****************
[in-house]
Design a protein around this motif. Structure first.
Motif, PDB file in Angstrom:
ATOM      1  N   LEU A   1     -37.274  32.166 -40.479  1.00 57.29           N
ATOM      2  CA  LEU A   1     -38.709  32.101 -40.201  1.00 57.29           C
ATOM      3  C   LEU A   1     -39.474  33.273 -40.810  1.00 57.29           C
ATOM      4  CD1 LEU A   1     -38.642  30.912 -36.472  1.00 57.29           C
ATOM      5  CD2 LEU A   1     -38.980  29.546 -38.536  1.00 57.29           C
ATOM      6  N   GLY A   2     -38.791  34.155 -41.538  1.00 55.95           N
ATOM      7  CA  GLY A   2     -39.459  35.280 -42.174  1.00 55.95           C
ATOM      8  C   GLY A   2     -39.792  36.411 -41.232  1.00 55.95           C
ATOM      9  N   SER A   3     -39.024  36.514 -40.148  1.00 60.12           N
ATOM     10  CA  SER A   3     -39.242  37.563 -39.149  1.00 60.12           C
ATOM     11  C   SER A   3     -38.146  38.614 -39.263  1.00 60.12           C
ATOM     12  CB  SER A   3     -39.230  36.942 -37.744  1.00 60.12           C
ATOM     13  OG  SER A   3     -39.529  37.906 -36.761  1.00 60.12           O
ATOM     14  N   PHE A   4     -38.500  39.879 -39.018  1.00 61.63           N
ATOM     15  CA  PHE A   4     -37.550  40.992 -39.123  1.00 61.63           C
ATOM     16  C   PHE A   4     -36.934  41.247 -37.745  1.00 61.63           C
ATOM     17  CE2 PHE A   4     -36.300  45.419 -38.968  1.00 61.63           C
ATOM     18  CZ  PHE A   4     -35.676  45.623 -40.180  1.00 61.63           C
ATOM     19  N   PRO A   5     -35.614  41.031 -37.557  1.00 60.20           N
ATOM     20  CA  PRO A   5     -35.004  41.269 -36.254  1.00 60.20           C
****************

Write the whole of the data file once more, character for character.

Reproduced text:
[in-house]
Design a protein around this motif. Structure first.
Motif, PDB file in Angstrom:
ATOM      1  N   LEU A   1     -37.274  32.166 -40.479  1.00 57.29           N
ATOM      2  CA  LEU A   1     -38.709  32.101 -40.201  1.00 57.29           C
ATOM      3  C   LEU A   1     -39.474  33.273 -40.810  1.00 57.29           C
ATOM      4  CD1 LEU A   1     -38.642  30.912 -36.472  1.00 57.29           C
ATOM      5  CD2 LEU A   1     -38.980  29.546 -38.536  1.00 57.29           C
ATOM      6  N   GLY A   2     -38.791  34.155 -41.538  1.00 55.95           N
ATOM      7  CA  GLY A   2     -39.459  35.280 -42.174  1.00 55.95           C
ATOM      8  C   GLY A   2     -39.792  36.411 -41.232  1.00 55.95           C
ATOM      9  N   SER A   3     -39.024  36.514 -40.148  1.00 60.12           N
ATOM     10  CA  SER A   3     -39.242  37.563 -39.149  1.00 60.12           C
ATOM     11  C   SER A   3     -38.146  38.614 -39.263  1.00 60.12           C
ATOM     12  CB  SER A   3     -39.230  36.942 -37.744  1.00 60.12           C
ATOM     13  OG  SER A   3     -39.529  37.906 -36.761  1.00 60.12           O
ATOM     14  N   PHE A   4     -38.500  39.879 -39.018  1.00 61.63           N
ATOM     15  CA  PHE A   4     -37.550  40.992 -39.123  1.00 61.63           C
ATOM     16  C   PHE A   4     -36.934  41.247 -37.745  1.00 61.63           C
ATOM     17  CE2 PHE A   4     -36.300  45.419 -38.968  1.00 61.63           C
ATOM     18  CZ  PHE A   4     -35.676  45.623 -40.180  1.00 61.63           C
ATOM     19  N   PRO A   5     -35.614  41.031 -37.557  1.00 60.20           N
ATOM     20  CA  PRO A   5     -35.004  41.269 -36.254  1.00 60.20           C